To paraphrase Arnold Schwarzenegger, he had to live by the law that everything in life either moves forward or backwards, with nothing truly standing still.
Released: Aug. 30, 2005
This album is a sophomore offering executed to near-perfection.
Kanye demonstrated conclusively with The College Dropout that "sampling" and compelling composition aren't mutually exclusive. With Late Registration, he exhibited a true ear for musicality, orchestration and mood the likes of which, in hip-hop circles, one finds with the likes of DJ Danger Mouse, Dr. Dre and Rick Rubin, to name the very few that come immediately to mind.
Think of a sample, in general, as a tall block of raw marble. Put the same block before Sean "Diddy" Combs and Kanye. Combs looks at the block contemplatively, perhaps even admiringly, but ultimately just draws dollar signs on it. Kanye considers the raw material before him with similar appreciation, but instead cuts, scores and chisels deftly until he's brought his vision to life among the marble. He makes his creation a complement to the medium – an honorarium, almost.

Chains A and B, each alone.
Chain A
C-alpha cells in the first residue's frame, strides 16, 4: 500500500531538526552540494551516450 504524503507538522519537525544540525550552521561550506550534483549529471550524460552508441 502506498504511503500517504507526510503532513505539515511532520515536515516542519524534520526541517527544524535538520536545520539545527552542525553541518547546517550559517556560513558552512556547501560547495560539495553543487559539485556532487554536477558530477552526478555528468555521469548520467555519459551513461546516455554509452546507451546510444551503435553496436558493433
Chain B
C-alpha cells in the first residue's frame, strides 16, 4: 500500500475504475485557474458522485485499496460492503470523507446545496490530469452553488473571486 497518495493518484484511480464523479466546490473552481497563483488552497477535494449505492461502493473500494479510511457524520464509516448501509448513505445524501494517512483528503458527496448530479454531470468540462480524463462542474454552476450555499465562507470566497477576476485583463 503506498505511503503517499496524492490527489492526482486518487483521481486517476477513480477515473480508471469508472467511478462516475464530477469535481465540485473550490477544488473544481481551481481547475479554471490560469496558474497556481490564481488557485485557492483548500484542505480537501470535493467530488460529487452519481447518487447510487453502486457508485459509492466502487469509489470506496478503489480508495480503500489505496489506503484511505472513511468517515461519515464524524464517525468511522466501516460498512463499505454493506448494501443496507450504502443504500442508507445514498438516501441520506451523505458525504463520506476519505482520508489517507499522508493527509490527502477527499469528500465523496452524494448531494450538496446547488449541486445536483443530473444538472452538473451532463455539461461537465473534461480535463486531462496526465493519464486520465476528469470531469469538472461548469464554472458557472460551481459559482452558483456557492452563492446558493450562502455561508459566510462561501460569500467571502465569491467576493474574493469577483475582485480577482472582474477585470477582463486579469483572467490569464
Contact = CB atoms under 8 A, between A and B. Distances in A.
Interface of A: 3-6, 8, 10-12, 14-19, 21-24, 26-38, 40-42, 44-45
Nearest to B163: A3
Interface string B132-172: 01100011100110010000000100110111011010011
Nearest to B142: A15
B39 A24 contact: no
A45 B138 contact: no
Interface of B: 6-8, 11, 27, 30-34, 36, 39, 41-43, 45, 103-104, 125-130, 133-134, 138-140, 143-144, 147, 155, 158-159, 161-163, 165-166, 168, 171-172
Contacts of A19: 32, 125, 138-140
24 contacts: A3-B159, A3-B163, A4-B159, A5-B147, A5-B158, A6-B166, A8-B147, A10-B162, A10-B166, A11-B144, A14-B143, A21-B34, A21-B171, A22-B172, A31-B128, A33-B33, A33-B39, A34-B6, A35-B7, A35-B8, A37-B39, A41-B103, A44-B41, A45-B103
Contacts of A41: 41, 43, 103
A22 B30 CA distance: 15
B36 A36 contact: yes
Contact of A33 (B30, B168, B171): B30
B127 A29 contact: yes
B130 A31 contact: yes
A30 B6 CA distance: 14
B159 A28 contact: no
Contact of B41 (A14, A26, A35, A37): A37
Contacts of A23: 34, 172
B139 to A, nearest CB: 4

Those are the possibilities that Kanye explored in his first album. Here, he more than chisels the marble; he polishes it, applies painted accents, but makes the raw medium and his strokes of creativity into one work. When you listen to a track by Diddy – especially almost anything from No Way Out, even for as stellar as that album was – you rarely feel like you're hearing something from Diddy. More accurately, it's akin to watching somebody doodle on a Van Gogh. You just can't get past hearing "Every Breath You Take" or Bill Conti's "Going the Distance" and feeling distracted by some suburban-New York chucklehead blathering on about his cars, money, champagne, and dead, infinitely more talented best friend.
Co-producer and conductor of the 20-piece accompanying orchestra Jon Brion drove Kanye to explore the expansive possibilities of spreading out lush, Baroque orchestral backdrops over the bedrock of Kanye's samples, most rudimentary of structures, and roughed-out lyrical schemes. The result is a brassy, ornate, intricate album wherein the samples feel like colored lights to illuminate the stage rather than being Kanye's stage in and of themselves. In fact, the only track in which West took no hand in production is the one that sounds somewhat out-of-place amid the rest: the jubilant Just Blaze-produced "Touch the Sky," rooted in a slowed-down Curtis Mayfield sample.